The City of Carpinteria
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"Royals watchers crowd Carpinteria Polo Club"
"Coastal hop in
sunny Carpinteria"
"The New Gold Coast"

"Just after noon, the anticipated couple, William and Catherine, arrived at the Carpinteria polo club in a gray helicopter.

Guests, who had arrived about 11 a.m., gathered on the side of the red carpet and cheered as the couple made their way to a white lunch tent, where the tables were decorated with vases of white peonies.

As the morning fog cleared to a classic Southern California summer day, people waved and sipped Champagne from flutes as they stood on the lawns, with a light breeze coming in off the ocean.

Catherine wore a simple taupe spring dress with flowered print, and William wore white slacks and a navy blazer.

William will compete in this afternoon’s polo match, and the former Kate Middleton will award a trophy to the winning team.

About a dozen celebrities were attending the event, which is part of the second day of the newlyweds' visit to Southern California.

Guests attending the sit-down lunch, complete with cocktails, paid $4,000 a ticket.

On the other side of the field, thousands paid $400 for a boxed lunch. The menu included grilled vegetable sandwiches with goat cheese and sun-dried tomatoes, penne with butternut squash, walnuts and mascarpone cheese, and chicken and arugula in a pita pocket. A selection of cookies was also available.

Among the attendees was Marianne Schwab, a travel blog writer, who traveled from the Los Angeles area for the polo match. Schwab, like many Americans fascinated by the couple, viewed William's nuptials and his late mother's wedding to Prince Charles. She researched the polo event on the Internet and decided to attend.

“As a royal watcher, this is a must-do,” she said. “Plus, I can blog about it.”

Cousins Redonna Carpenter-Woods, 46, and Theresa Edward-Dymally, 48, likewise decided this was an event they could not pass up. The two drove to the area from the north San Fernando Valley.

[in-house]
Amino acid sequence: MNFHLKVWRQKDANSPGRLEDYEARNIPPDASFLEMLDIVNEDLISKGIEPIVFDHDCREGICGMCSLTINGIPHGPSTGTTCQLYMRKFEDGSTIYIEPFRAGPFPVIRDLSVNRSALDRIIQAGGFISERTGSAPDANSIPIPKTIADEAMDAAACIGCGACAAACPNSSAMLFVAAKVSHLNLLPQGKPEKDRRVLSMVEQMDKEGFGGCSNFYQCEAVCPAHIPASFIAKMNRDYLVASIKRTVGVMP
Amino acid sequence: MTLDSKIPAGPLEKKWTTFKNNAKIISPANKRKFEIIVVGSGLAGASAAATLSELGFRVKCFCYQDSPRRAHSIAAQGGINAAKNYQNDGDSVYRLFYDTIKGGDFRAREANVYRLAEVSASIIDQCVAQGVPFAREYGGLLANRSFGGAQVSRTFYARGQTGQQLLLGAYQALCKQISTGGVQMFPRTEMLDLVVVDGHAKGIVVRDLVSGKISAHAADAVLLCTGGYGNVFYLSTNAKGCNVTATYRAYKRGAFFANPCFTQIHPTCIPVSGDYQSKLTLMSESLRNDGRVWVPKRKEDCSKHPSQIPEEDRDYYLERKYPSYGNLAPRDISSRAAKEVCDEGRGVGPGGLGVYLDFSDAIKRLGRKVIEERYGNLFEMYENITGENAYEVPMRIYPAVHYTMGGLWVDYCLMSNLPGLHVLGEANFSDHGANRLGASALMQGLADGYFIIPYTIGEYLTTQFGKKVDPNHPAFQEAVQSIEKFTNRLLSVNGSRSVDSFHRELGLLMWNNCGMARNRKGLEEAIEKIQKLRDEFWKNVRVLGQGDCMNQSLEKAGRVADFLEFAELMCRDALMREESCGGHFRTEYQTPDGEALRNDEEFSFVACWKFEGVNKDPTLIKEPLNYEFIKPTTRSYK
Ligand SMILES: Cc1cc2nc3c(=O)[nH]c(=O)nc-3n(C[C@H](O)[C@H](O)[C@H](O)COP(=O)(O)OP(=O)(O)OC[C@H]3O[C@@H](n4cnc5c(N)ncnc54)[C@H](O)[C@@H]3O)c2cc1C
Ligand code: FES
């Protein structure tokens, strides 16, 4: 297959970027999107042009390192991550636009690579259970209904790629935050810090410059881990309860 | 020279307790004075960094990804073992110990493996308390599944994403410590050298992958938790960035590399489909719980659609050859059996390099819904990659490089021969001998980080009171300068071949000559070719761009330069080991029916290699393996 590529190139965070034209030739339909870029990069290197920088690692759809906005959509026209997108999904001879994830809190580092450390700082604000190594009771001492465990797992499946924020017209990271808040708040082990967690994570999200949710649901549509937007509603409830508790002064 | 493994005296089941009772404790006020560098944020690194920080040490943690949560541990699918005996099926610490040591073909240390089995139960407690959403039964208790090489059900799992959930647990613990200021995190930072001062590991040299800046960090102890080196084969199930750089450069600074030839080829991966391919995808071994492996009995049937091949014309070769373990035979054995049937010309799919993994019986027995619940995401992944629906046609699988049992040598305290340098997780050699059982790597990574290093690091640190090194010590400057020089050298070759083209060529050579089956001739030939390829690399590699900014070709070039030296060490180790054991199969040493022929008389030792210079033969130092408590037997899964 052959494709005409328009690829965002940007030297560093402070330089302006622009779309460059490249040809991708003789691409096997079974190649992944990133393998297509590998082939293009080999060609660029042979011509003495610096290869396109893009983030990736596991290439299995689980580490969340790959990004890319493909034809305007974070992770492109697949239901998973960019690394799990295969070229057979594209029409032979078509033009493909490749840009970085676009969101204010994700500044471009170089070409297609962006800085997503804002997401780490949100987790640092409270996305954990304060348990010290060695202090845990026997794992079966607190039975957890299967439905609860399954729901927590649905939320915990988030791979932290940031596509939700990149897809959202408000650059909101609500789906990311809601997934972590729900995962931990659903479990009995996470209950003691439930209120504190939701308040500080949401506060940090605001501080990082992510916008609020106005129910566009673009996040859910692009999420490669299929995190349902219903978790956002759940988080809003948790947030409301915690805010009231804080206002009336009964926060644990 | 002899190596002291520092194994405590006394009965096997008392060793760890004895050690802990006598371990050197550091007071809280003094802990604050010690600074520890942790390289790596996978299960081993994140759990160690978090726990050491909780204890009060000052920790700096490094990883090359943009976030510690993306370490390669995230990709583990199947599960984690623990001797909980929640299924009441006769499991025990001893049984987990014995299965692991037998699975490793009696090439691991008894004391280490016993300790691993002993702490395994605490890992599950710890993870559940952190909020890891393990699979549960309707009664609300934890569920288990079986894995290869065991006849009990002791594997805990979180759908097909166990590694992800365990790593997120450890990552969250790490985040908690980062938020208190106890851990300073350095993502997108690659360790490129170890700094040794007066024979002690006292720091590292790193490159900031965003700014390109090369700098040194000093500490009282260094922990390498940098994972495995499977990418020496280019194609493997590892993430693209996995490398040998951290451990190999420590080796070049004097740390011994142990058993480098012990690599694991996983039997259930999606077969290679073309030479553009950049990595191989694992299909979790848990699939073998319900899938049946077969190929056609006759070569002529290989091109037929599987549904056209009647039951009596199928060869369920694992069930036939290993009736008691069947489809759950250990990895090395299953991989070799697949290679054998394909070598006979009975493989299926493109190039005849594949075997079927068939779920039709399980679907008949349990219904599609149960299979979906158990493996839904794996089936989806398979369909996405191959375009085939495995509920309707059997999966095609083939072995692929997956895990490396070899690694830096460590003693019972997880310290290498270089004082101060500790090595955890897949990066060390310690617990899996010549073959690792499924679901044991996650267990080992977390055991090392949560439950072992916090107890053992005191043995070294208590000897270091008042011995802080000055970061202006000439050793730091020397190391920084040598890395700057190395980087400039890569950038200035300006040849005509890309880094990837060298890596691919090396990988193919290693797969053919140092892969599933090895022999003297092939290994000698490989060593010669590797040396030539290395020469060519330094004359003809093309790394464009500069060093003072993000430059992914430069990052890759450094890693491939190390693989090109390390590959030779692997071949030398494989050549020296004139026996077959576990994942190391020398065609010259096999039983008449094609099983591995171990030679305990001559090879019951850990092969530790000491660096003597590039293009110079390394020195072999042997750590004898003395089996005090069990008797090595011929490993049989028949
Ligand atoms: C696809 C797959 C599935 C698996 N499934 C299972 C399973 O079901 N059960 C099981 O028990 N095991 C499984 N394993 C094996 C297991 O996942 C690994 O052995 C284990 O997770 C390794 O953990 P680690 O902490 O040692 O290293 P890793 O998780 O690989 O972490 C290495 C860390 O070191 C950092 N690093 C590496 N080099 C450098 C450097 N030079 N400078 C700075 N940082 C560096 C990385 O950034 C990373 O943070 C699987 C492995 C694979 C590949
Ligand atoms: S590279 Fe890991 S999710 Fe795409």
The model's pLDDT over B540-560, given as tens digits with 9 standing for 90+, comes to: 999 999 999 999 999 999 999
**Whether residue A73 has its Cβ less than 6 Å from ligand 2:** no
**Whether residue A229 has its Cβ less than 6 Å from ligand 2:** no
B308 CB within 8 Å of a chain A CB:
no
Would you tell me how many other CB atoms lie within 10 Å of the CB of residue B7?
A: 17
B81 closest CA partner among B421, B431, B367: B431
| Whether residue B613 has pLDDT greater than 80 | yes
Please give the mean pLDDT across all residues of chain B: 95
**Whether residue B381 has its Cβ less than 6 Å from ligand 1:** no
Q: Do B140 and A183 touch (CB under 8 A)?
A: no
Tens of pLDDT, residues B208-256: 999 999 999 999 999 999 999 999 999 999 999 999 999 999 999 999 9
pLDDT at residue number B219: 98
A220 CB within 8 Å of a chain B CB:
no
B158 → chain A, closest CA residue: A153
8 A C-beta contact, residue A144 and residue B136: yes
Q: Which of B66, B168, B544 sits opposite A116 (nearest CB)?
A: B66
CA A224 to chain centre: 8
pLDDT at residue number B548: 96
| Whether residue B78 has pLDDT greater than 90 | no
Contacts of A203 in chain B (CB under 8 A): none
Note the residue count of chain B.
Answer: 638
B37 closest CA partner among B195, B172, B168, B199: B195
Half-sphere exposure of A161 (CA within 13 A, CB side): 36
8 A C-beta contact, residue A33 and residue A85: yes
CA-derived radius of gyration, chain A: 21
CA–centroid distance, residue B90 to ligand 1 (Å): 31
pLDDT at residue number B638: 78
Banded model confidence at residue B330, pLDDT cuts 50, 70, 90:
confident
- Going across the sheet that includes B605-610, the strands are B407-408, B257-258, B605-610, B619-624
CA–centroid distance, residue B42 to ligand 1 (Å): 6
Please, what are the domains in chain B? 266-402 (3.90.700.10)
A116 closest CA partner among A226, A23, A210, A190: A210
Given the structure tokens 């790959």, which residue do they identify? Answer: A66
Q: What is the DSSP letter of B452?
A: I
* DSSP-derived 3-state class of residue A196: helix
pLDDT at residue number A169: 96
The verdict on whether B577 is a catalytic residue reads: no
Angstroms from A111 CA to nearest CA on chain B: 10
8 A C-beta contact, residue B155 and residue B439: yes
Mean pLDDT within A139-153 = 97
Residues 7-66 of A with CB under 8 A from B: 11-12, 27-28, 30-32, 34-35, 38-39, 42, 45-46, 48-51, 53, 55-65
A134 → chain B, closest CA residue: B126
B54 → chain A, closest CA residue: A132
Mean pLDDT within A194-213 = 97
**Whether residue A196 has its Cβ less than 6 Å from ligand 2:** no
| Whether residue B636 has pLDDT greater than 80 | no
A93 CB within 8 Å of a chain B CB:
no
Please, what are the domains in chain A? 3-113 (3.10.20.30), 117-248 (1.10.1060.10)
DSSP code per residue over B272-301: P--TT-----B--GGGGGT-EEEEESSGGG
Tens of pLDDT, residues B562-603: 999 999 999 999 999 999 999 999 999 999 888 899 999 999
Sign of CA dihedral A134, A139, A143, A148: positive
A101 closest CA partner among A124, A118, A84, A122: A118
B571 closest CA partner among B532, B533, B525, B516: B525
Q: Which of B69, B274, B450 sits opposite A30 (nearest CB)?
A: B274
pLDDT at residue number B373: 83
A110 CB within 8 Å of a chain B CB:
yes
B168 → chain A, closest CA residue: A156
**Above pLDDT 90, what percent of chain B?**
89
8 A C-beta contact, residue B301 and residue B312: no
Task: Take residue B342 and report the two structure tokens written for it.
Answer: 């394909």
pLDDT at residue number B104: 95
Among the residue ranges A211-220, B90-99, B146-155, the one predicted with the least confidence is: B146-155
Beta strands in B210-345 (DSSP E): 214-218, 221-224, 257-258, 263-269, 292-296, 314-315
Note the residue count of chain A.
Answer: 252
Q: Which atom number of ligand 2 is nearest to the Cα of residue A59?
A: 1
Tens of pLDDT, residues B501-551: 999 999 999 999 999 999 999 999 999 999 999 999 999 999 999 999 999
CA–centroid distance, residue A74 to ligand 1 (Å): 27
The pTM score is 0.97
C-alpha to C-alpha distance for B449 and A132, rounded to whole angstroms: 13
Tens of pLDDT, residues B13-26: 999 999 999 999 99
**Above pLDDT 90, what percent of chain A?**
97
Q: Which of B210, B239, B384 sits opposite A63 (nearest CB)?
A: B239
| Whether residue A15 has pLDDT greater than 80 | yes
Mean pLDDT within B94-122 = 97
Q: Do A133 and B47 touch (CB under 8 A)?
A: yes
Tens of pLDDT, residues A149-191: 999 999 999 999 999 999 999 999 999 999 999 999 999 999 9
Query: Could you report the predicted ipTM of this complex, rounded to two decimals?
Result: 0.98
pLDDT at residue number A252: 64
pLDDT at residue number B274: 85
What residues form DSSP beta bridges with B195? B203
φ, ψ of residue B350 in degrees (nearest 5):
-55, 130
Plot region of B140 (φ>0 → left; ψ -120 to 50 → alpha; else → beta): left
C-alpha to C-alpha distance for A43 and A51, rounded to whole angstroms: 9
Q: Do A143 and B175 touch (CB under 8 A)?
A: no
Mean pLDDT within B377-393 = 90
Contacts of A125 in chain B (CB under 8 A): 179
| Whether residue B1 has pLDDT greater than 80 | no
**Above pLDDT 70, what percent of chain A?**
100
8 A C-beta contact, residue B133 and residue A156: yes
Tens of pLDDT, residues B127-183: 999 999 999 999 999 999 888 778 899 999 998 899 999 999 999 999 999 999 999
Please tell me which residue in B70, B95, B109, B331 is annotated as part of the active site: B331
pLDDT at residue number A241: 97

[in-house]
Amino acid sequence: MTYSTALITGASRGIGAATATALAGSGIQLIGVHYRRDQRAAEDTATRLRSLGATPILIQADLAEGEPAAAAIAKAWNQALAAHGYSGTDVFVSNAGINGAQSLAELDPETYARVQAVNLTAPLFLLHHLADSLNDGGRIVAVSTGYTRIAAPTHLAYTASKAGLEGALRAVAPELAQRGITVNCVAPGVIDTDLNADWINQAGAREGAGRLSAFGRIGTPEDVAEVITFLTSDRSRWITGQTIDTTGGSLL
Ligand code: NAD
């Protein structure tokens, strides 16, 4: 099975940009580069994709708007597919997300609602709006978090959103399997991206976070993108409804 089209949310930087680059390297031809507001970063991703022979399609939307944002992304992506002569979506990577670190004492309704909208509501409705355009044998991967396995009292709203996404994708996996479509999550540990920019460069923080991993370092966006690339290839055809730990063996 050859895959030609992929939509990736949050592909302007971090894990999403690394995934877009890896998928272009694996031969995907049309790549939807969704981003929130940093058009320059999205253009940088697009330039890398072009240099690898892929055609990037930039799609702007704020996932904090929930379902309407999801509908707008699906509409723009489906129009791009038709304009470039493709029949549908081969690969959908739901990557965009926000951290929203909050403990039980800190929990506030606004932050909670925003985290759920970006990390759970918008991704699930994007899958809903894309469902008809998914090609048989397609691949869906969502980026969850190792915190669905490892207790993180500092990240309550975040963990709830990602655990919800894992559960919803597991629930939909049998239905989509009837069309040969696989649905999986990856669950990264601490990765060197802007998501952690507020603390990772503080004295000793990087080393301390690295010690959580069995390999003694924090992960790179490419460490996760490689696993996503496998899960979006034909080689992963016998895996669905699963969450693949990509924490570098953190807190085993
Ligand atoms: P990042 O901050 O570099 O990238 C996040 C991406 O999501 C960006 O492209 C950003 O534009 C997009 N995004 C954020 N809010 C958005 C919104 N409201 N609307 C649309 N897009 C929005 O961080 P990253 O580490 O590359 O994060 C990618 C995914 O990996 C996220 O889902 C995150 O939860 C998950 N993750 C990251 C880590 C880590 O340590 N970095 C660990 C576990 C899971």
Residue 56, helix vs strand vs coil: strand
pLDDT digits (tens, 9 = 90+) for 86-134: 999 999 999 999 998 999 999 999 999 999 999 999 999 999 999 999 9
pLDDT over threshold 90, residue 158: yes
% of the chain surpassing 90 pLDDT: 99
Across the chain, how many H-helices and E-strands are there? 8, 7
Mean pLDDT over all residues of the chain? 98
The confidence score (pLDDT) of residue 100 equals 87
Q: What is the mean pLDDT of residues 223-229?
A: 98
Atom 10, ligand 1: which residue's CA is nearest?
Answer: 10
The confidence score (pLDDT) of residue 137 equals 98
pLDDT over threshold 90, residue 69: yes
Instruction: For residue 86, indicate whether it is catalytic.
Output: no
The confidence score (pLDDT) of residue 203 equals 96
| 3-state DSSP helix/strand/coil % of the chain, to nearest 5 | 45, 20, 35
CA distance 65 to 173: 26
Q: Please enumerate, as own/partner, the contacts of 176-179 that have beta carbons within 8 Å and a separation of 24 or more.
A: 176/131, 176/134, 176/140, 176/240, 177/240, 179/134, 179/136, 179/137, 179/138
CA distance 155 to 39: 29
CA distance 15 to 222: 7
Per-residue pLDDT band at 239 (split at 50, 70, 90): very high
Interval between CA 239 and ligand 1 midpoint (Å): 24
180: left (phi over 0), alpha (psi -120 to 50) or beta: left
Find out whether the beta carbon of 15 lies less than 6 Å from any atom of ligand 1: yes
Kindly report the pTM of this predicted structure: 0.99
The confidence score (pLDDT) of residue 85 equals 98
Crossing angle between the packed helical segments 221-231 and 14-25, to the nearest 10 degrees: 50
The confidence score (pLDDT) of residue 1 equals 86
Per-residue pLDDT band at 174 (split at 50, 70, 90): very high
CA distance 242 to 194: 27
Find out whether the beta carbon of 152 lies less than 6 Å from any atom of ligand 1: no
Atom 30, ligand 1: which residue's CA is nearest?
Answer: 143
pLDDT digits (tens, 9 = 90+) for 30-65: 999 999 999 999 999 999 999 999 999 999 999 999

“It’s really a once-in-a-lifetime thing,” said Carpenter-Woods, wearing a white summer dress and a matching white sun hat. She was also drawn by the couple’s demeanor. “They’re so real, not like royalty,” she said. “I’m just amazed at how they manage all this.”

Carpenter-Woods, a bank vice president, and Edward-Dymally, a school psychologist, were a little put off by the price of the tickets but decided to take the plunge.

“I had a garage sale and bought one,” Carpenter-Woods said jokingly.

Diana Lytel, 32, and her husband, Kipley Lytel, 43, live in condos overlooking the polo fields.

Diana, an attorney, said security had been in place for weeks. The British Secret Intelligence Service inspected everyone’s home and gave residents passes to get in and out of their neighborhood.

While most of the Lytels' neighbors had balcony parties, Diana and Kipley wanted to mingle with the crowd at the polo match.

“This is the biggest event we’ve ever had here, so we had to come down and feel the vibe,” she said.

The match started around 2 p.m. To be on William's team, each player paid $100,000. The event was a benefit for the American Friends of the Foundation of Prince William and Prince Harry.